Our NEXT UP series is a music discovery initiative which showcases the next big things in Afro-influenced music from across Africa and beyond! In this edition, we speak to promising Nigerian Afropop/Afrofusion artiste Ojayy Wright.
Ojayy Wright happens to be one of Africa’s most promising musicians. Like many musicians, Ojayy discovered his passion for music at a young age, a time when most of his peers hadn’t yet figured out their dreams. The songwriter who began his musical pursuit over a decade ago got his first taste of mainstream glory in 2016 with his song ‘MOFO’. He later dropped his debut album ‘37 Degrees in Lagos‘ in 2020.
Ojayy Wright’s music can be described as a fusion of versatility and cohesion, qualities that have earned him a cult following and fanbase as well as endorsements from African music heavyweights. The gifted musician is out with his latest body of work, a 7-track extended play that features Teni and Bad Boy Timz titled ‘Commander In Chief‘. As the title suggests, Ojayy is making raising awareness of his musical prowess in a bid to showcase his superiority in the music industry.
We caught with him to get to know more about his musical influences, career aspirations, and his peculiar experiences as a young act on the come up in Africa’s most vibrant music industry.
1. Hello Ojayy Wright. Could you start by telling us a bit about yourself and how your musical journey began?
Well, my first name is Olugbenga, my last name is Amu-Wright. My Father is from Edo state and my mother is Yoruba. I started making music professionally in the studio in 2009 and my first mixtape dropped in 2010 called “Foreign Affairs.” The truth is I have been writing music since I was about 7 years old where I would play a ringtone of a Nokia phone and then record a freestyle to it on another phone.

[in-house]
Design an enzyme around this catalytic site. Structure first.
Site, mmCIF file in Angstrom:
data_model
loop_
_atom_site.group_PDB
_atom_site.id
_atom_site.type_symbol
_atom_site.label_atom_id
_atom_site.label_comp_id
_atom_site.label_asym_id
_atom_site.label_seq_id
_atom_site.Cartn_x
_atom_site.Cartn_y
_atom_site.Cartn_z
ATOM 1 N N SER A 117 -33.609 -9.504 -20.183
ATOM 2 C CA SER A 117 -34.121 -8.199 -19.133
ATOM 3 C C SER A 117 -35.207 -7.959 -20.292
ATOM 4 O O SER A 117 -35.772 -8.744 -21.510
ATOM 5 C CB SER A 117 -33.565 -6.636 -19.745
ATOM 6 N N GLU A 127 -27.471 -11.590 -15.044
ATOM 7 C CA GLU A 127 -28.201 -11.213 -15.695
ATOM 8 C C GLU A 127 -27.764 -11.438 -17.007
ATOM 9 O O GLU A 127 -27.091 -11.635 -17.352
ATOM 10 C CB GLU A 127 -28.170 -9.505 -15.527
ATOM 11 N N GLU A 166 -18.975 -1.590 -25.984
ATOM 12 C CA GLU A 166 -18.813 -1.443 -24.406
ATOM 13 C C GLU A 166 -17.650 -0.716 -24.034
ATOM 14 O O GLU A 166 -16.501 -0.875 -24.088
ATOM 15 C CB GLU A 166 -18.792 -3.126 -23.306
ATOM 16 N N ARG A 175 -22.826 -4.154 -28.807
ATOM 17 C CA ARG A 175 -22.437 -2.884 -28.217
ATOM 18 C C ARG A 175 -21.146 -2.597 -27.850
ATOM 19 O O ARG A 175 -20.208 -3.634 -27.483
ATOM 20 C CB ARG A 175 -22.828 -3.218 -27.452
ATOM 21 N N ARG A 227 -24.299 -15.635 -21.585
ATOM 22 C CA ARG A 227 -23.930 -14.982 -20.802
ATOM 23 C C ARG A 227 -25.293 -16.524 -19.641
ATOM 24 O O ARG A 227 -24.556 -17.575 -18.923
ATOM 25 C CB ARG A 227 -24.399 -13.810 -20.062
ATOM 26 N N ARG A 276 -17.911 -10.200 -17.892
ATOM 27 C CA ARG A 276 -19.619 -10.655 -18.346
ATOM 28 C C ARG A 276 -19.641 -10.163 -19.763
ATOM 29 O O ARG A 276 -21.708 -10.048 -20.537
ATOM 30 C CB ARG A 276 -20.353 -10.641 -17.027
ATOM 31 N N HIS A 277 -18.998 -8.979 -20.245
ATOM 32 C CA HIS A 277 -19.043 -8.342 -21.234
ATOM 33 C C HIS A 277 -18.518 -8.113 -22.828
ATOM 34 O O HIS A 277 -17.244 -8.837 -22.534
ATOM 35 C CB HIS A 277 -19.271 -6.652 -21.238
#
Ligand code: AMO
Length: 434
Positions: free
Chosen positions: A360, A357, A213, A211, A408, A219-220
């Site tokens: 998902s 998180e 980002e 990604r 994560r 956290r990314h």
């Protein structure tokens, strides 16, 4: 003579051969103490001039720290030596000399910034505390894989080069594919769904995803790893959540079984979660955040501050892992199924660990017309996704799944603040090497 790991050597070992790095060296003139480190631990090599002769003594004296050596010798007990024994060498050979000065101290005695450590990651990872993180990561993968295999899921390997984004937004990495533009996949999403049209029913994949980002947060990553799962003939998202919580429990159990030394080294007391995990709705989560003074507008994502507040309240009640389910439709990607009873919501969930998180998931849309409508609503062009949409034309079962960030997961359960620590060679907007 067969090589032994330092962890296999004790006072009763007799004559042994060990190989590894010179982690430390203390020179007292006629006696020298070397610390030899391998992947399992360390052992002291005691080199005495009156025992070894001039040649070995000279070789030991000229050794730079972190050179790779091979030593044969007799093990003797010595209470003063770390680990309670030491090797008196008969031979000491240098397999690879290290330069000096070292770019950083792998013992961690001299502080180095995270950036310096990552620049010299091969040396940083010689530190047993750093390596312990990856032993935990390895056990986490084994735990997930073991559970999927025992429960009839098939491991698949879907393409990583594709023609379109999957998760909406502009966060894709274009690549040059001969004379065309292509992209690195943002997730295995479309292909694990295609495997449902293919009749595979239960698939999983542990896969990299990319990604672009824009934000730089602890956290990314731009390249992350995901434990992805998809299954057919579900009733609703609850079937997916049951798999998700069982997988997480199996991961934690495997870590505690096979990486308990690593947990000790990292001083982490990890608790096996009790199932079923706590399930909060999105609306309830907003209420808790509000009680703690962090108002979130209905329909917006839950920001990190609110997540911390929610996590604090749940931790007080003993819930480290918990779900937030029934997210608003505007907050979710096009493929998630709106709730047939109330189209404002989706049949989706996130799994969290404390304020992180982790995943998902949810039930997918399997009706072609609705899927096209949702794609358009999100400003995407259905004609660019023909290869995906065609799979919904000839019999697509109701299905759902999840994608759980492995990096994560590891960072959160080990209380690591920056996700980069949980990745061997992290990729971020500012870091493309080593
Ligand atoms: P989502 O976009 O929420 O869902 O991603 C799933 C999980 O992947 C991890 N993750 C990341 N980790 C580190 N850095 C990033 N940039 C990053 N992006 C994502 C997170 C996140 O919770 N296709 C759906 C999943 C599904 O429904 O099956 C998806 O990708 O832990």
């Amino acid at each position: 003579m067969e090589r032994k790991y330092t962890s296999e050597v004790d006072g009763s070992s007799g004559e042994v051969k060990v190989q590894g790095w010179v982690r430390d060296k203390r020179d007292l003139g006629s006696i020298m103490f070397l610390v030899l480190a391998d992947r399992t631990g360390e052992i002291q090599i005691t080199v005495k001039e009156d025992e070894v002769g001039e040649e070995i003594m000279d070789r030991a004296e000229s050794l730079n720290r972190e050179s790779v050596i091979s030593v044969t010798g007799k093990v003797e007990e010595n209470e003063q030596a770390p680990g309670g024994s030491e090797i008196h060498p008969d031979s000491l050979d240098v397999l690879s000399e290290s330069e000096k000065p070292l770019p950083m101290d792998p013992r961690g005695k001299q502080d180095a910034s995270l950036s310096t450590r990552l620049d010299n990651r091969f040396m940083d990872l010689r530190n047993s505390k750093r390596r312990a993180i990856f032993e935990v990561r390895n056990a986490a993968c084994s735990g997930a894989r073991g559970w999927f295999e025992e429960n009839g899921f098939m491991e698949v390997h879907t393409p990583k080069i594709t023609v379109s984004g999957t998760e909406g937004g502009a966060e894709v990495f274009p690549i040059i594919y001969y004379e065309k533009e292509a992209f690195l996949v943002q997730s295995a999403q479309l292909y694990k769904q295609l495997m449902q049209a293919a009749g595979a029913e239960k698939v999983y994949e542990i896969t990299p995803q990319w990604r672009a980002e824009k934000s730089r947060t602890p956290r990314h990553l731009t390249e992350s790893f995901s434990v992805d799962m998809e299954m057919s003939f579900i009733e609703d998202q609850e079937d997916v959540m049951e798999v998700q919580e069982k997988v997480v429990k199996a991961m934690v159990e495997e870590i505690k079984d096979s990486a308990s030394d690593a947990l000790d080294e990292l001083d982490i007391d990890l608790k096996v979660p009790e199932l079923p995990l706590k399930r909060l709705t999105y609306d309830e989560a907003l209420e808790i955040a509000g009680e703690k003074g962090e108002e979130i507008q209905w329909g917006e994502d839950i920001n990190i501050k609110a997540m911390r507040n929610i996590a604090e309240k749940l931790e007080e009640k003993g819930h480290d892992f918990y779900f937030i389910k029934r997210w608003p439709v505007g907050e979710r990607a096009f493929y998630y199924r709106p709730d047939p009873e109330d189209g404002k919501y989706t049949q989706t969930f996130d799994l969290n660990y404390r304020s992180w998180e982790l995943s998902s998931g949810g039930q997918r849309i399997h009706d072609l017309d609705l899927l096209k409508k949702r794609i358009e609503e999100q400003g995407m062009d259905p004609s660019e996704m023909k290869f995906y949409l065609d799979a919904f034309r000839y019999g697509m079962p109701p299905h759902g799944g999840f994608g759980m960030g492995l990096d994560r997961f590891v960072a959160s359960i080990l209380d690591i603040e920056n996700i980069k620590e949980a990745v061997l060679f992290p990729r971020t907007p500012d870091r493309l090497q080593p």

2. How would you describe your genre of music?
I would say Afropop/Afrofusion.
3. What inspired your EP, Commander In Chief?
Definitely, a series of events because I get inspired by every little thing really but I would say a major source of inspiration was from a heartbreak I went through.
4. Who are your biggest musical influences in Africa and beyond?
In Africa, I grew up listening to 2Face Idibia (now known as 2Baba), D banj and P- Square of course. However, Davido, WizKid, Burna Boy and Olamide have done a lot for the culture. Outside of Nigeria, I love Michael Jackson and Lil Wayne.
5. What’s your philosophy in life that influences your creative work?
Nothing is Impossible.
6. What makes you the happiest: writing music, recording or performing on stage?
The actual process of writing the music makes me happy. I love to see the excitement on people’s faces when they hear something sweet that they haven’t heard before.
7. Would you like to change anything about the music industry in Nigeria?
I would say the financial structure as well as the unnecessary boycotting that goes on really. The financial structure is definitely getting better in terms of royalties from streams and digital sales but we can still improve when it comes to the media such as radio and TV. However, the whole segregation amongst artistes that should be unified to me makes no sense when the goal should be all about promoting Afrobeats/Afropop from Nigeria to the rest of the world.
8. What makes you stand out as an artiste?
My message and style and my mode of delivery.
9. What do you feel is the most pertinent issue in your society and what in your opinion is a musician’s role for being a force for societal change?
The lives of our youths are at stake. I think artistes have the voice to influence direct change in society but the truth is our government makes it difficult to be a force without the fear of losing one’s life/livelihood. Artistes are gifted with the voice, some more than others but, we have the basic responsibility of making the fans aware. It could either be about our personal lives, our friends or relatives, our emotions, environment, or society but the truth is when we sing and e sweet, people listen. So why not channel that energy into improving the lives of others. To me, that’s my duty to the human race.
10. What’s next for Ojayy Wright?
My next project is pretty much ready. Duro video is in the works but for now, you all should enjoy Commander in Chief the EP. Thank you for the interview.
Stream ‘Fuji Pop’ by Ojayy Wright ft Teni below: